The University of North Carolina is investigating what it describes as “an incident” and what Yahoo! Sports on Tuesday reported was hazing among members of the football team that turned into an alleged assault.
The website reported that Jackson Boyer, a non-scholarship wide receiver from Chapel Hill, sustained a concussion during an alleged altercation at his room at the A-Loft Hotel near campus, where the team stayed during preseason camp.
Kevin Best, a UNC football team spokesman, released a statement in which he said the university was “aware of an incident involving members” of the football team.
“We take this allegation seriously and the university is conducting a thorough review,” Best said.
Bubba Cunningham, the UNC athletic director, declined to comment on UNC’s investigation when approached on Monday night at Top of the Hill restaurant, where coach Larry Fedora was holding his first weekly radio show of the season. After the show ended, Fedora also said he couldn’t comment.
Asked why he couldn’t, he said, “I just can’t comment.”
Yahoo! Sports reported the alleged incident happened during the first week of August. Boyer, Fedora said on Tuesday, is still a member of the team and has been practicing recently.
UNC in recent years has been rocked by scandals, from an NCAA investigation that led to a postseason ban for football, to former high-profile athletes alleging academic impropriety to the dismissal of P.J. Hairston – the basketball team’s leading scorer two seasons ago – because of impermissible benefits, to wide-ranging problems in African- and Afro-American Studies Department.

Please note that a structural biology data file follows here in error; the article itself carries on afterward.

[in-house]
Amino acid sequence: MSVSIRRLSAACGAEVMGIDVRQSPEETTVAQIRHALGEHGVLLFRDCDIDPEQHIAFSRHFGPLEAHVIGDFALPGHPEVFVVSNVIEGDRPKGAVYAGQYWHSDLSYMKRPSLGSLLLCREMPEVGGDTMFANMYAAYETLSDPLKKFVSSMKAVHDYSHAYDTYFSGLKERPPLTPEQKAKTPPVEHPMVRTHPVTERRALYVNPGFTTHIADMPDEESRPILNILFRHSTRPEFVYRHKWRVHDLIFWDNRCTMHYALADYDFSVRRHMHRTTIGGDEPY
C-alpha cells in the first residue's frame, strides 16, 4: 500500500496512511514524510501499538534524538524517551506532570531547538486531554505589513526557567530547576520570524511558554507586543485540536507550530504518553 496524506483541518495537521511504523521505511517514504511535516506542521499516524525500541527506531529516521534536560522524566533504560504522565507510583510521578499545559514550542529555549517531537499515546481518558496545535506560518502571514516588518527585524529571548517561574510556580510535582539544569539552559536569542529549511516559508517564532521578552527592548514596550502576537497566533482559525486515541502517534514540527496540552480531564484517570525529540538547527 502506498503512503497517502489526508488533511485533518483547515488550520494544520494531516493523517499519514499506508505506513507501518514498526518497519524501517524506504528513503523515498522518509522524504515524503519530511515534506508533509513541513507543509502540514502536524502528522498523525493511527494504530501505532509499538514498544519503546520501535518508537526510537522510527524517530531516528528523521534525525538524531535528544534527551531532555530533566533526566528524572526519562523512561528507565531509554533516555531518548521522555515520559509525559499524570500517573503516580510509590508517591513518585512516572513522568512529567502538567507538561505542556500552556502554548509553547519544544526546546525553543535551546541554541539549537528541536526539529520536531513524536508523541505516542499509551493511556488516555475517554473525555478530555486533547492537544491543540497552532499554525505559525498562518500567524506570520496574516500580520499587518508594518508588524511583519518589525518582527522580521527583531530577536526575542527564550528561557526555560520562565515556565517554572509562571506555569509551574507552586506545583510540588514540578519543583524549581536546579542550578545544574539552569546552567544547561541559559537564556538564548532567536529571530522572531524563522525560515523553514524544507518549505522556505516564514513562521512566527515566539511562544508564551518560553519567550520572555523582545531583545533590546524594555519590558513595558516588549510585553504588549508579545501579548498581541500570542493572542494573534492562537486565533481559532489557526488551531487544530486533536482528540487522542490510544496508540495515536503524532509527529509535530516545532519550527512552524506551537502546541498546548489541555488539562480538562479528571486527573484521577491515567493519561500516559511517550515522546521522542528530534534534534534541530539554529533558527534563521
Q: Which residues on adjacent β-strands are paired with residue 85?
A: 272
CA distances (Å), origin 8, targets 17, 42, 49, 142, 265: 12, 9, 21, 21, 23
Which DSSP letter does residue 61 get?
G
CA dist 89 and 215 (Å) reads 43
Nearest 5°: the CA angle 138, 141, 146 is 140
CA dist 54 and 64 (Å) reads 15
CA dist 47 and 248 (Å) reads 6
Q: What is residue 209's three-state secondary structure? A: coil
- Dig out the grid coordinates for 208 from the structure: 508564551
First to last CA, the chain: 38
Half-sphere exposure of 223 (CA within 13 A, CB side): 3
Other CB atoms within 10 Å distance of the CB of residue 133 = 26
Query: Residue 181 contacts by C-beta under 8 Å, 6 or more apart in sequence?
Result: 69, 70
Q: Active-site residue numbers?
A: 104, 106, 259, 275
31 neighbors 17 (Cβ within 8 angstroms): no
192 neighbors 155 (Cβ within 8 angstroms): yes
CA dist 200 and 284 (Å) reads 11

The NCAA recently reopened its investigation into academic misconduct involving the relationship between suspect AFAM courses and the athletic department. The status of that investigation, and when it might be complete, is unclear.
Amid those issues, the university at times has received criticism for a perceived lack of transparency, and Carol Folt, who is entering her second full academic year as the UNC Chancellor, wrote a public letter in the summer outlining the university’s commitment to increased transparency. Fedora denied the notion that he was being secretive amid the hazing allegation.
“Nobody’s saying secrecy is the best policy,” he said after his radio show. “We issued a statement today and that’s it. That’s the statement. I don’t think it’s secrecy. I mean, you know how I am, I don’t even talk about the quarterbacks (competition). So I haven’t changed.”
The university has a clear anti-hazing policy. The policy, posted on the university website, reads, in part, “UNC expressly prohibits hazing or any activity that puts a student’s physical, emotional or psychological health and safety at risk.”
Boyer’s mother, Kimber, did not return a phone message seeking comment on Tuesday. Boyer is a sophomore with four years of eligibility remaining. He walked onto the team at UNC last season after graduating from East Chapel Hill High.
Fedora said he didn’t know when UNC’s investigation into the alleged hazing might be complete.
“When I can say something, I’m sure I will say something,” he said. “But right now I can’t.”